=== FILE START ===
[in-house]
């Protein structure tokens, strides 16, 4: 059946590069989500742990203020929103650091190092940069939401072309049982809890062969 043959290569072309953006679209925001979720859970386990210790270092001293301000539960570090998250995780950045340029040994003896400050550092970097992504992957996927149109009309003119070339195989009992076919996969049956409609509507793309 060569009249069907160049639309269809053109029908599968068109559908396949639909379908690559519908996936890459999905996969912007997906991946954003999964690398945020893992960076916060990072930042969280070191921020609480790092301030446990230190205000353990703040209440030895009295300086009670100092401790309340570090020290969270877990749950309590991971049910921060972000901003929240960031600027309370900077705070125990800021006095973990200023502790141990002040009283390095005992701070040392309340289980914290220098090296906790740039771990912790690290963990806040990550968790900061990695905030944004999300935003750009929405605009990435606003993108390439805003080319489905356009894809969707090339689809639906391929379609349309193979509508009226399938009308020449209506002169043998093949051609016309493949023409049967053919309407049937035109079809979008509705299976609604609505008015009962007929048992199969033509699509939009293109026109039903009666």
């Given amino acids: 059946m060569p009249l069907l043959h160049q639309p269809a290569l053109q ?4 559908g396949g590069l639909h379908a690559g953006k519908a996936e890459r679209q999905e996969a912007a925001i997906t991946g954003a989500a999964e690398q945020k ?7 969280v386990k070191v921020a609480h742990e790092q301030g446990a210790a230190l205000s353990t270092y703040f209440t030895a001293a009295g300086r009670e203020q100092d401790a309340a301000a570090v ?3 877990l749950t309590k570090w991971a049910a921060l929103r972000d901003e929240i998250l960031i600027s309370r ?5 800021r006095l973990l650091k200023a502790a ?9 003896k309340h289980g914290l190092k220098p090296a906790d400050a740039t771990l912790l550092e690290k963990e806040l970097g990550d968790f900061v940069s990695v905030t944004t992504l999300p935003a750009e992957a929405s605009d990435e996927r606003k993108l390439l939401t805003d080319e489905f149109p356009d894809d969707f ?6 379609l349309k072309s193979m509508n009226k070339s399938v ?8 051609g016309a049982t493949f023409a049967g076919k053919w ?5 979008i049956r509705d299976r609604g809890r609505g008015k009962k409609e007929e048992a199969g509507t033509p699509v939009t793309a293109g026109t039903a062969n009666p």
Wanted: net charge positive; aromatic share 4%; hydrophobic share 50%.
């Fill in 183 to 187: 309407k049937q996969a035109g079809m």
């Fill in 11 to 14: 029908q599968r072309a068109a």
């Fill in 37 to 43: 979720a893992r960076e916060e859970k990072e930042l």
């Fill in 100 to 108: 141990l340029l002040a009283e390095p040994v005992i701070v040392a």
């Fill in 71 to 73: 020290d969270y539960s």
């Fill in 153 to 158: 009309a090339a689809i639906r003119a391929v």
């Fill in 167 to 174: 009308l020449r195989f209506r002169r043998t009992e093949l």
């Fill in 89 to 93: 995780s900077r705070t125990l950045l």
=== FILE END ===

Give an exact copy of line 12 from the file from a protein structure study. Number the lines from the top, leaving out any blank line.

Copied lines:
């Fill in 89 to 93: 995780s900077r705070t125990l950045l």